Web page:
South by Southwest by Annie

Check out our exhaustive recap of Austin's indie-rock fest.

This year at South by Southwest, I really didn't have any desire to hop on the buzz-band hype-train — or have a plan of who to see, for that matter, save for catching as many St. Louis bands as I could and dorking out to some old favorites (Imperial Teen, the Faint, Buffalo Tom, Robyn Hitchcock). And you know what? I had a great, stress-free time.

So without further ado, here's a report about the local bands making the scene down there. The list is incomplete; a few day parties weren't in meandering distance, so I missed the Daybreak Boys, Gentleman Auction House and John Boy's Courage — and some folks (cough, Leo) I had no idea were even in Austin. But for more coverage, please see our blog at www.riverfronttimes.com/blogs, where we have pictures, video and a tale from a freelancer about how she danced with Iggy Pop.


Waterloo — playing its first show in many moons due to frontman Mark Ray's new Portland, Oregon, locale — sounded reliably strong, despite a few bum notes here and there. Songs from last year's Out of the Woods maintained their easygoing twang live, especially my favorite, "Light in the Doorway."

Magnolia Summer played next, and it was interesting to hear its sound change with Joe Thebeau (more on him later) playing guitar for this show. I shudder to use the word "virtuoso," but perhaps "George Harrison-like" is more appropriate for the feathery, intricate textures Thebeau brought to the set. Chris Grabau and company have been tinkering with song arrangements, and while I personally didn't like everything, a slower and sparser version of the already-moving "Words for War" was even more beautiful.

Prisonshake came out of hibernation on Friday night and blew the roof off the absurd scene at a venue called the Blender (as in, magazine) Bar at the Ritz. Playing on a small, red-curtain-draped stage that was dwarfed by a giant Texas flag continuously waving on a TV over the bar (à la a Yule log), the post-everything group schooled younger bands in what raw, dirty and messy sounds like.

Riveting vocalist Doug Enkler contorted his body and flailed around the stage howling like a man possessed — and nearly beheaded bandmates several times with the mic stand — as the group jumped from gnarled noise to metal snarls, from doom-disco to post-garage and instrumental psych-rock. (Enkler's self-deprecating stage banter, of which there were too many instances to mention, also entertained nearly as much.) Anticipation for Prisonshake's upcoming album(s) Year of the Donk: high.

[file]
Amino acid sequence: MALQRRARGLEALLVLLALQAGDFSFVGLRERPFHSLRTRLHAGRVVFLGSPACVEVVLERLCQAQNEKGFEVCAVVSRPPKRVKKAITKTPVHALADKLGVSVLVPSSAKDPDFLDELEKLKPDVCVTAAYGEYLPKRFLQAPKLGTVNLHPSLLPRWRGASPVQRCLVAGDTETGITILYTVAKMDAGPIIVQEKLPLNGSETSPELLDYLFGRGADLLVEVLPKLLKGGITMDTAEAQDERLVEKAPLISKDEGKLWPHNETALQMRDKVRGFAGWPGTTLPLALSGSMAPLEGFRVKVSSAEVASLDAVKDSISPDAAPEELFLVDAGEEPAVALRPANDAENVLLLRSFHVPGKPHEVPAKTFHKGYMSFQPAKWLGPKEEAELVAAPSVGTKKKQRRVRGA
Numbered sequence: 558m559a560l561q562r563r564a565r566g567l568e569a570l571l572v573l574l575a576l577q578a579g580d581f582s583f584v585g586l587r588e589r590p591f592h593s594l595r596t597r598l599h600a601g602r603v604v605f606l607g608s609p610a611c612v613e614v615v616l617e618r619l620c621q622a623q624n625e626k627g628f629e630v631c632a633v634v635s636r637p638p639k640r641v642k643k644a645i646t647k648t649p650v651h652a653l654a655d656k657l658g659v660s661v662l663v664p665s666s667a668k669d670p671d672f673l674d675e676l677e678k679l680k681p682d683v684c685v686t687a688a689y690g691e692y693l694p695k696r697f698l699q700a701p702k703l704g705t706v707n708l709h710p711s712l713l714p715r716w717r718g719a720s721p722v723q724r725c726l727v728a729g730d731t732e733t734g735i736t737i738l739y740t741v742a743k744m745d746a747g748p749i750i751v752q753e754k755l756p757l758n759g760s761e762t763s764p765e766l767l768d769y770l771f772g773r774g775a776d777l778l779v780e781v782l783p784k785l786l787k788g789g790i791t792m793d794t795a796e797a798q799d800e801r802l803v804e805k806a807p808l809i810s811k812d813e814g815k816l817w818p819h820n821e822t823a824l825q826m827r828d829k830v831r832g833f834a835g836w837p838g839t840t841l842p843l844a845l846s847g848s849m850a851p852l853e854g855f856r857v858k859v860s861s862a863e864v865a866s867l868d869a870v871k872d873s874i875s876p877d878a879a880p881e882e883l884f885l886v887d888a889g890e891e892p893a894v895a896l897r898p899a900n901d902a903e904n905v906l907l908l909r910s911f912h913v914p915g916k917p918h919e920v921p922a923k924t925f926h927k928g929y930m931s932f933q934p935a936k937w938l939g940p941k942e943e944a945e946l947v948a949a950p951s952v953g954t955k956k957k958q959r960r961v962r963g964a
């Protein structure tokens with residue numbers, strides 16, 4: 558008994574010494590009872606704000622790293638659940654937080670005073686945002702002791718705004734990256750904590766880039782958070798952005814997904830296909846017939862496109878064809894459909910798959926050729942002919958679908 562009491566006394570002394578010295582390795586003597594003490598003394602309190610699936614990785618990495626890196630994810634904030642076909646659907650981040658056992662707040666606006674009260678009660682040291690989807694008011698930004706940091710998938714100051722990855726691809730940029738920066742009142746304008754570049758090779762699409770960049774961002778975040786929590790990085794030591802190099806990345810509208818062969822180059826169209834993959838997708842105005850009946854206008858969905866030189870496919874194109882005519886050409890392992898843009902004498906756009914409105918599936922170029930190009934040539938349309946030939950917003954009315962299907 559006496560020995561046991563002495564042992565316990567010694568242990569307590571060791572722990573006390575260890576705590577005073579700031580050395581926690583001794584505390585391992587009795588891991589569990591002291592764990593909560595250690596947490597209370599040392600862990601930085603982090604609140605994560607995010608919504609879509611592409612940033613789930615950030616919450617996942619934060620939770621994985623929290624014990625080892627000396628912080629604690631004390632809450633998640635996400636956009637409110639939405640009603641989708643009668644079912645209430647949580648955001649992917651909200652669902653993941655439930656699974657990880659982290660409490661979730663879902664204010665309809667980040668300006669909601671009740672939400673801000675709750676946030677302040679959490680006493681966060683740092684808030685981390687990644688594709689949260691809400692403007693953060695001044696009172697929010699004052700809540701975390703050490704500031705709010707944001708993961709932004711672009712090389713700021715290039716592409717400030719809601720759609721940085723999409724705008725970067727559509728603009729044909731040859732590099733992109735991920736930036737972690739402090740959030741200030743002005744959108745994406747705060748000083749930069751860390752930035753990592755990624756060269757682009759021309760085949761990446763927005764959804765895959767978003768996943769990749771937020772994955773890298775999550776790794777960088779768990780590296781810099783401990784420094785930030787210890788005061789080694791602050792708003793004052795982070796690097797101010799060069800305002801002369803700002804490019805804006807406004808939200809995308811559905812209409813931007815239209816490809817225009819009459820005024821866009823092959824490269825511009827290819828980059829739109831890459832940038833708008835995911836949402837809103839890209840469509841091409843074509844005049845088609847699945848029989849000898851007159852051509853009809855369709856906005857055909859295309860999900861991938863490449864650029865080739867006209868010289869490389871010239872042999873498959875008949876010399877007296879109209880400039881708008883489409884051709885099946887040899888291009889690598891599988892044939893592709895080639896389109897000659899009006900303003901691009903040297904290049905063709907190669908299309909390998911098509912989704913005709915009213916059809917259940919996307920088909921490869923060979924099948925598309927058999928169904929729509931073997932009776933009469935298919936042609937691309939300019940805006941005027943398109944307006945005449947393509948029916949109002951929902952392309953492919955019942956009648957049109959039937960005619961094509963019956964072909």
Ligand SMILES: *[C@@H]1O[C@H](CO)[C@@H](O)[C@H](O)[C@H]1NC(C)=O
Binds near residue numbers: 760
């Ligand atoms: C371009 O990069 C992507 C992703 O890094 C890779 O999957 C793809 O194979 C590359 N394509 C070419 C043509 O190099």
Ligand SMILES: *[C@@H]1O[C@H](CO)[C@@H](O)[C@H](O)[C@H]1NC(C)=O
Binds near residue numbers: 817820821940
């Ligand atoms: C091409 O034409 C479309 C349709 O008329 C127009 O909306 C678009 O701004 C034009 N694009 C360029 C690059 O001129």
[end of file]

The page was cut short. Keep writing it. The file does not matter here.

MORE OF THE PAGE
Saturday night was the big St. Louis show-hopping night for me, with the 7 Shot Screamers kicking things off at the Dirty Dog Bar (which was basically the old Creepy Crawl on steroids). A small but enthusiastic crowd didn't dampen the band's fervor, as all of its touring has made the quartet a psychobilly force. Vocalist Mike Leahy jumped around the stage like a wriggling kid, and Chris Powers abused his upright bass, all in the name of tight, fast, loud tunes (and a great cover of "Paint It Black").

My next stop was Finn's Motel, who played outdoors on a patio tucked away off an alley. A criminally small crowd was there to see the quartet play a set of solid, charming pop songs. The meticulous sounds frontman Joe Thebeau crafted on last year's Escape Velocity translated quite well in concert, bringing to mind shades of Guided by Voices and Superchunk.

Tunes on the Affair's MySpace page (www .myspace.com/affair) reveal musicians indebted to At the Drive-In's scissor-kicking chords and Rage Against the Machine's viscous funk grooves — although the set I saw the band play was far less interesting. Generic emo-screamo tunes morphed into songs with a reggae beat that aped the Police (complete with yelping vocals reminiscent of Sting) and then turned almost jam-band noodly. (Unconfirmed is whether the end-of-set quip that it was changing its name to Monsters of Jazz is true.)

By the time the Affair's set ended, I parked myself at one venue for the rest of the night, in hopes of avoiding the drunken douchebags out celebrating St. Patrick's Day. (It didn't happen. And I was even at a Junior Senior show.) But no matter: Four days and 30-plus bands later, I was more than ready to come home. — Annie Zaleski

 
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